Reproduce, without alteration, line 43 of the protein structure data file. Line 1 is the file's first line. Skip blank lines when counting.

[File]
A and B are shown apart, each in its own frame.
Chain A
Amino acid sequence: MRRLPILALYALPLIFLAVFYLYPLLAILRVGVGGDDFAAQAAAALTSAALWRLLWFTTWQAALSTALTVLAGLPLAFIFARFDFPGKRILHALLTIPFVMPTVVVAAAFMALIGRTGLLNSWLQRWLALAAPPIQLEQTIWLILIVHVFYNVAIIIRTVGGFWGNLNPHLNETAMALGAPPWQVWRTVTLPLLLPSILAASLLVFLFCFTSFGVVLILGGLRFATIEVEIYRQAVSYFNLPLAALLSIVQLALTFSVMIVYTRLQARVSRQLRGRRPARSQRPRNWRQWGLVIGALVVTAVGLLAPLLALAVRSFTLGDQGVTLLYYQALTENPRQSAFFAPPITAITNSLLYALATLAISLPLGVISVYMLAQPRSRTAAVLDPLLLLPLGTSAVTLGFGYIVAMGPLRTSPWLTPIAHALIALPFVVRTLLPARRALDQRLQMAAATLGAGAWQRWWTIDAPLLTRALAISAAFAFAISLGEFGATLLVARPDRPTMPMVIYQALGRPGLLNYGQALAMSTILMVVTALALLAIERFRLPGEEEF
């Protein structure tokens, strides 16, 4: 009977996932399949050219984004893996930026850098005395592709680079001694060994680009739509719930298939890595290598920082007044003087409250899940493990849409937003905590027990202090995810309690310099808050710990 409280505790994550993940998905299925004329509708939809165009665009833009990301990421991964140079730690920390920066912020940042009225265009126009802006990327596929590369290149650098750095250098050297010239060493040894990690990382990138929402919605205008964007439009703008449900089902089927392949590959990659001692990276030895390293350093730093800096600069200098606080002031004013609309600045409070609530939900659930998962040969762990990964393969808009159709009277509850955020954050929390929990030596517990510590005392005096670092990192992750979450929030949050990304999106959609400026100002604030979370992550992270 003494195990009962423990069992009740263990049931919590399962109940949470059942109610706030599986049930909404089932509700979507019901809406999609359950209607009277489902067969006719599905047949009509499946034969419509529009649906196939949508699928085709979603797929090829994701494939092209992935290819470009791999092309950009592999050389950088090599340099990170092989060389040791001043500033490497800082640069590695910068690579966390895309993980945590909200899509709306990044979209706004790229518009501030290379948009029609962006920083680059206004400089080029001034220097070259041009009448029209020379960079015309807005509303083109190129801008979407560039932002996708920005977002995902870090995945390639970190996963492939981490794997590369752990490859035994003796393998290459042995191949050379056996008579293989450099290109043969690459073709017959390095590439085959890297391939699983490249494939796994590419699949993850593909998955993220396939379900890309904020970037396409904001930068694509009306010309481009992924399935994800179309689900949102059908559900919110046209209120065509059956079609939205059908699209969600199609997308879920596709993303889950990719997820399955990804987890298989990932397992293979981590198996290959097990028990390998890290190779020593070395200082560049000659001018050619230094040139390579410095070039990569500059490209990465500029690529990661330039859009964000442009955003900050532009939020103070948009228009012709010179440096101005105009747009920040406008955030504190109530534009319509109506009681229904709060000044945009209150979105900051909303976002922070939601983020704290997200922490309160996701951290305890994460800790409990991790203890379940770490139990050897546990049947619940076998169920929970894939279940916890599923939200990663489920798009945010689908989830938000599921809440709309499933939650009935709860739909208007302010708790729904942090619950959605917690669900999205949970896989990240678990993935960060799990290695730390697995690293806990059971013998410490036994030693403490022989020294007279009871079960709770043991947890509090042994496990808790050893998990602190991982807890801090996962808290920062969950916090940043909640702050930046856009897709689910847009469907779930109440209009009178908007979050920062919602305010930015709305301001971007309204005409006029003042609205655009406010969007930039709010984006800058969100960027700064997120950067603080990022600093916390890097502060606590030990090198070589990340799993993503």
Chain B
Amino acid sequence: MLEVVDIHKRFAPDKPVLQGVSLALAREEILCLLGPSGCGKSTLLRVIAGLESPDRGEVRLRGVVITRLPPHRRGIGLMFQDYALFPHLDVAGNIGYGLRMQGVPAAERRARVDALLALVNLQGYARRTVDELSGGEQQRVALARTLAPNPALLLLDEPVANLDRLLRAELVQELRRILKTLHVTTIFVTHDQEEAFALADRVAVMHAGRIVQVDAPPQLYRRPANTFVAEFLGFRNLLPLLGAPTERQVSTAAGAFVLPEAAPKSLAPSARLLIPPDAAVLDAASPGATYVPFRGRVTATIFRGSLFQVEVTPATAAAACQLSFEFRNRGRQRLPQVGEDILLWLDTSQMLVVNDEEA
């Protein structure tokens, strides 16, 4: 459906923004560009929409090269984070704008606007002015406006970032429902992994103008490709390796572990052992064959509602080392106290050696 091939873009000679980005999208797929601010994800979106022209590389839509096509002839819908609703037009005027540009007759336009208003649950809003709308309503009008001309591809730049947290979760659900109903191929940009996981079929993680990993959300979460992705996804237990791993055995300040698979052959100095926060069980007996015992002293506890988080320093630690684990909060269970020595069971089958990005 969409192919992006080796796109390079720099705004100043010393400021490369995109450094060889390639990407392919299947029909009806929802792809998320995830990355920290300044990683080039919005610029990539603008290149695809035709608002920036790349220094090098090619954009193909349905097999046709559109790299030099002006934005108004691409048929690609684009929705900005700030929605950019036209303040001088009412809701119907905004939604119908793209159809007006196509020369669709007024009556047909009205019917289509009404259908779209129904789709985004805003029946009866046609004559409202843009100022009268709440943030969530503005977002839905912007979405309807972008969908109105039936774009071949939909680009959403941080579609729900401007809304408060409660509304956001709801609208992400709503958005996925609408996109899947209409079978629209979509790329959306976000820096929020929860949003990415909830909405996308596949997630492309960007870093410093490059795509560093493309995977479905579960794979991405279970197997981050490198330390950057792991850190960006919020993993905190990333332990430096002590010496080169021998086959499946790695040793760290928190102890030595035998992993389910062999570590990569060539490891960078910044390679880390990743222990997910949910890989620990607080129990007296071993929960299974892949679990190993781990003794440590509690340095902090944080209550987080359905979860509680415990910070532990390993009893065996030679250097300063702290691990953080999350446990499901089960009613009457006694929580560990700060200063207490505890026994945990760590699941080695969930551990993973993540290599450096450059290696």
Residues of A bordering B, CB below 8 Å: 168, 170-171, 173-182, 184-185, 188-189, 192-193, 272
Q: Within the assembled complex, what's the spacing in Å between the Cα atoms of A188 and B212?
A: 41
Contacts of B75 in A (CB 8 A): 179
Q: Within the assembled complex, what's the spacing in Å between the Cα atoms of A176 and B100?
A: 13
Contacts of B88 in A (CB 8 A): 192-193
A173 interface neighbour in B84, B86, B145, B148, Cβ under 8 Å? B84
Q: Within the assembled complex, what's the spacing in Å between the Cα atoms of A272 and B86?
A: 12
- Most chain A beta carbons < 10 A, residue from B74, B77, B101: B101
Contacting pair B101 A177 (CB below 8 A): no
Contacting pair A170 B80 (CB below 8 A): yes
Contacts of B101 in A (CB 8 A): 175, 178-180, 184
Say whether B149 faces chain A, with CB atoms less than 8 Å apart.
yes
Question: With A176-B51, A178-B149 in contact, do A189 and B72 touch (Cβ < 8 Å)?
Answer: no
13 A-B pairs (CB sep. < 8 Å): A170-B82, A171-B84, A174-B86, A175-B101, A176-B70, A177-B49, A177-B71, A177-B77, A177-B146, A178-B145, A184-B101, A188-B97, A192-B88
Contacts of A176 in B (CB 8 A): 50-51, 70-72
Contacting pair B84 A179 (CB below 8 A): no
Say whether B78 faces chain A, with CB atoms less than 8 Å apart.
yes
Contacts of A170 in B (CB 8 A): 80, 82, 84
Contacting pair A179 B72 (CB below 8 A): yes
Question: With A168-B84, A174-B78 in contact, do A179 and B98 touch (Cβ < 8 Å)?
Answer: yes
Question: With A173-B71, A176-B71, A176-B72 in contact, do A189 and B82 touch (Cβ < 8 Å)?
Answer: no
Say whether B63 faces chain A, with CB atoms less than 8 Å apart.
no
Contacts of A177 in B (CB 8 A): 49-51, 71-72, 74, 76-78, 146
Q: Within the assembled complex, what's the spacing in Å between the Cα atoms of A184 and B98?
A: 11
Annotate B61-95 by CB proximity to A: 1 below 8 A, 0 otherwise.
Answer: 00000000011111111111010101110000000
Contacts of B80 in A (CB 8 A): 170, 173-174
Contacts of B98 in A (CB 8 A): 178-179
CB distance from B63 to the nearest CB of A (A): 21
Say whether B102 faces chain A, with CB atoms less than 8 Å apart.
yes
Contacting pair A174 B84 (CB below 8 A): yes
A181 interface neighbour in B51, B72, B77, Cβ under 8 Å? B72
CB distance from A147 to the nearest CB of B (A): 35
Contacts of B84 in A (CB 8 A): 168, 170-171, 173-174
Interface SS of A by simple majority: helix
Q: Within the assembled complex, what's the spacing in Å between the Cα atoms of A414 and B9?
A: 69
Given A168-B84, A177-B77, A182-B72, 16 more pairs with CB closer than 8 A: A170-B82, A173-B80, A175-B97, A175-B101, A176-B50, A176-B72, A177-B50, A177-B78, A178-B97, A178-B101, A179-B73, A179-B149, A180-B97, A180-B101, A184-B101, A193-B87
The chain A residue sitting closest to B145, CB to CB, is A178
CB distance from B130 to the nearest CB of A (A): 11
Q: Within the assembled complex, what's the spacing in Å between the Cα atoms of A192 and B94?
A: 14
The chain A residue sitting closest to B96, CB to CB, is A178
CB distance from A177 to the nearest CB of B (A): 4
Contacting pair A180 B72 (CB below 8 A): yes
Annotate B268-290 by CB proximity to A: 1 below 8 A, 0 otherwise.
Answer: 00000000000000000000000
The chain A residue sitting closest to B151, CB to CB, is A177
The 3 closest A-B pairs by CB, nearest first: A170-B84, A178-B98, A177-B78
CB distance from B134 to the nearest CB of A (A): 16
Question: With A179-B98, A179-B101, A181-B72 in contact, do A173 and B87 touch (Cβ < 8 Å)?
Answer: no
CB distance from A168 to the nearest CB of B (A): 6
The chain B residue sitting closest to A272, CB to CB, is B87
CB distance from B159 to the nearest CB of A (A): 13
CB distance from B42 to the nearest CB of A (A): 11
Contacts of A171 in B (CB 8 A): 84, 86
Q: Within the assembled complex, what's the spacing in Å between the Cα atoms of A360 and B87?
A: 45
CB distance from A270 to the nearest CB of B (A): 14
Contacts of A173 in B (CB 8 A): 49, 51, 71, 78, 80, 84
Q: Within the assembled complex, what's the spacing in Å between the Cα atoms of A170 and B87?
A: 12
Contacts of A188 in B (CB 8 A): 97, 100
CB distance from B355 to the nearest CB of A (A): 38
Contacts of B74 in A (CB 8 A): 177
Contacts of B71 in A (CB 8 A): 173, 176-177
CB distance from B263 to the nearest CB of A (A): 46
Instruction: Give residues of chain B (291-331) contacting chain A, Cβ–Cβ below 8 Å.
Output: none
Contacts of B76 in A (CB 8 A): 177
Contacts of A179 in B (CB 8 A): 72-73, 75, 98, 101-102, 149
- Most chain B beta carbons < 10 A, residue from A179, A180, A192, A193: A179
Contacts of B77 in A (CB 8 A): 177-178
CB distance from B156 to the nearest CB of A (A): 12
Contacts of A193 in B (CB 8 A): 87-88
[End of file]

Answer: 00000000011111111111010101110000000